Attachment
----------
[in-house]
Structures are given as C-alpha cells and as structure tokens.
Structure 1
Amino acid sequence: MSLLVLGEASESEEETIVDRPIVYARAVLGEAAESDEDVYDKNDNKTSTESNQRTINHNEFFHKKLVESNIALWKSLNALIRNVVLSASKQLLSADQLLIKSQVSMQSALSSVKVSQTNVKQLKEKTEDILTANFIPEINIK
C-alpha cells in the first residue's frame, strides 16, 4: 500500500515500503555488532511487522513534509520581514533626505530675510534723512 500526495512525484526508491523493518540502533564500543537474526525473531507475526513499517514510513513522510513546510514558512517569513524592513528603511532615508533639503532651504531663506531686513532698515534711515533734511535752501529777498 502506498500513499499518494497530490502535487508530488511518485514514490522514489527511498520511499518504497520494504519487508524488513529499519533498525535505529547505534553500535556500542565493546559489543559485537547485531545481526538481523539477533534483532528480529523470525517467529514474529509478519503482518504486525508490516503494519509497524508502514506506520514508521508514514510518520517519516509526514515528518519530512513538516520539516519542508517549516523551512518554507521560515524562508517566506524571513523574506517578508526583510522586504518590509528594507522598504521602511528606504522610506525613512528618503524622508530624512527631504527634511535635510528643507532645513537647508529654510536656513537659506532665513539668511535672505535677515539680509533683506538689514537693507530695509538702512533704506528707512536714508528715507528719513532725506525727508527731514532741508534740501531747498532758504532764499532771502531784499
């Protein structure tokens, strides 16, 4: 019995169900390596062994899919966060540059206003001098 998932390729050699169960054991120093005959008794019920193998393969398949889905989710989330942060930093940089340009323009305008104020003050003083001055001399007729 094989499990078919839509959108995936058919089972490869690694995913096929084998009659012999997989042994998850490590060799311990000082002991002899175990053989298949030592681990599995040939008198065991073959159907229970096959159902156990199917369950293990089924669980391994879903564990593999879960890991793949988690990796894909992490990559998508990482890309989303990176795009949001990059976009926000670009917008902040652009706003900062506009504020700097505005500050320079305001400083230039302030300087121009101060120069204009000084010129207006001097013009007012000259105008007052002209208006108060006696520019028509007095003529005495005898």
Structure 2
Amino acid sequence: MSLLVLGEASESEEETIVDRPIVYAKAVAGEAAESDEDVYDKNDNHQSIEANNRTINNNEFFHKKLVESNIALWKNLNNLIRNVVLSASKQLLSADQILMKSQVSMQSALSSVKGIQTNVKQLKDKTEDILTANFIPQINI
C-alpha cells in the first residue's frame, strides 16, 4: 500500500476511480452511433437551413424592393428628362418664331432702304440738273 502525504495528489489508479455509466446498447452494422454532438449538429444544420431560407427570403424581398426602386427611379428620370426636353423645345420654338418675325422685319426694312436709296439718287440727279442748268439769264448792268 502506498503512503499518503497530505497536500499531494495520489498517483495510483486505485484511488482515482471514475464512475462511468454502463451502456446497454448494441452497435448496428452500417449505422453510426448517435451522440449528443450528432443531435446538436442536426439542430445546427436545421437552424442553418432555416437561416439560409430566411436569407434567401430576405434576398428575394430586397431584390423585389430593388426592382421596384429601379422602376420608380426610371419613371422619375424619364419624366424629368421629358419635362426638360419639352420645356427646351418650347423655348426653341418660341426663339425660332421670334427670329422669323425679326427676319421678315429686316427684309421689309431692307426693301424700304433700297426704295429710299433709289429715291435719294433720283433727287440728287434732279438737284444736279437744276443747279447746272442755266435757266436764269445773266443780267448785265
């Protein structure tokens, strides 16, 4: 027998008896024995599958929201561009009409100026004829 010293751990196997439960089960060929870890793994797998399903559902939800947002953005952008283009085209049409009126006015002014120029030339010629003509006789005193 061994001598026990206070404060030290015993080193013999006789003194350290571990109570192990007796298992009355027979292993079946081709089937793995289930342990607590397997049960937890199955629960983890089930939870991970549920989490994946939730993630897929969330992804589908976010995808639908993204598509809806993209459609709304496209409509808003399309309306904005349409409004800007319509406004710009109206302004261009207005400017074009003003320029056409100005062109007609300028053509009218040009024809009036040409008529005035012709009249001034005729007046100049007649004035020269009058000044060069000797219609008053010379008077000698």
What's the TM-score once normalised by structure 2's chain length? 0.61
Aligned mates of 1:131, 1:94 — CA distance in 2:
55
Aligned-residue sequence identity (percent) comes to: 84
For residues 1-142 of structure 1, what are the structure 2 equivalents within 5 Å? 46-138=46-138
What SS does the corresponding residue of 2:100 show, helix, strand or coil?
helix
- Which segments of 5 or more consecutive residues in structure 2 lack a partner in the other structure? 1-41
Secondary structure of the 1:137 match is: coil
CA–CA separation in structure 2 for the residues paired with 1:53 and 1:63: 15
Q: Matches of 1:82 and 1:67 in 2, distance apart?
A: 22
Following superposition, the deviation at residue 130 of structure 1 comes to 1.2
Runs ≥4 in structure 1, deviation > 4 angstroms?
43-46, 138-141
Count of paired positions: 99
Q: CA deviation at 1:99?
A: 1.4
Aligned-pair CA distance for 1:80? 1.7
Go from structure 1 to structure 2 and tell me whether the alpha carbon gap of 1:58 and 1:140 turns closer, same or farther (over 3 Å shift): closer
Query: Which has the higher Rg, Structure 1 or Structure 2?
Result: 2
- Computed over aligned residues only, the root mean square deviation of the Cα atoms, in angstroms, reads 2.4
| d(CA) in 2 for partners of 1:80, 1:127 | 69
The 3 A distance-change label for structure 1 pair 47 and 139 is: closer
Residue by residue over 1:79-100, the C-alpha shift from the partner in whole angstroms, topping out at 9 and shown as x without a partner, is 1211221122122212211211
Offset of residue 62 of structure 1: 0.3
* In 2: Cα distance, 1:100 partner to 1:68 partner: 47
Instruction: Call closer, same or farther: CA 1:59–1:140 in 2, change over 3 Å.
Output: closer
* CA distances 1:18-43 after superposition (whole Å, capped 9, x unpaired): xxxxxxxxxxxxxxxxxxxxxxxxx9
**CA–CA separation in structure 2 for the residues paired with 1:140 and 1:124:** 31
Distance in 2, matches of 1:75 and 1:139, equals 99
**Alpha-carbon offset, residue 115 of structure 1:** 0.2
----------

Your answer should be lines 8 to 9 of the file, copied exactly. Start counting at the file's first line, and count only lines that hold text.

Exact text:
Amino acid sequence: MSLLVLGEASESEEETIVDRPIVYAKAVAGEAAESDEDVYDKNDNHQSIEANNRTINNNEFFHKKLVESNIALWKNLNNLIRNVVLSASKQLLSADQILMKSQVSMQSALSSVKGIQTNVKQLKDKTEDILTANFIPQINI
C-alpha cells in the first residue's frame, strides 16, 4: 500500500476511480452511433437551413424592393428628362418664331432702304440738273 502525504495528489489508479455509466446498447452494422454532438449538429444544420431560407427570403424581398426602386427611379428620370426636353423645345420654338418675325422685319426694312436709296439718287440727279442748268439769264448792268 502506498503512503499518503497530505497536500499531494495520489498517483495510483486505485484511488482515482471514475464512475462511468454502463451502456446497454448494441452497435448496428452500417449505422453510426448517435451522440449528443450528432443531435446538436442536426439542430445546427436545421437552424442553418432555416437561416439560409430566411436569407434567401430576405434576398428575394430586397431584390423585389430593388426592382421596384429601379422602376420608380426610371419613371422619375424619364419624366424629368421629358419635362426638360419639352420645356427646351418650347423655348426653341418660341426663339425660332421670334427670329422669323425679326427676319421678315429686316427684309421689309431692307426693301424700304433700297426704295429710299433709289429715291435719294433720283433727287440728287434732279438737284444736279437744276443747279447746272442755266435757266436764269445773266443780267448785265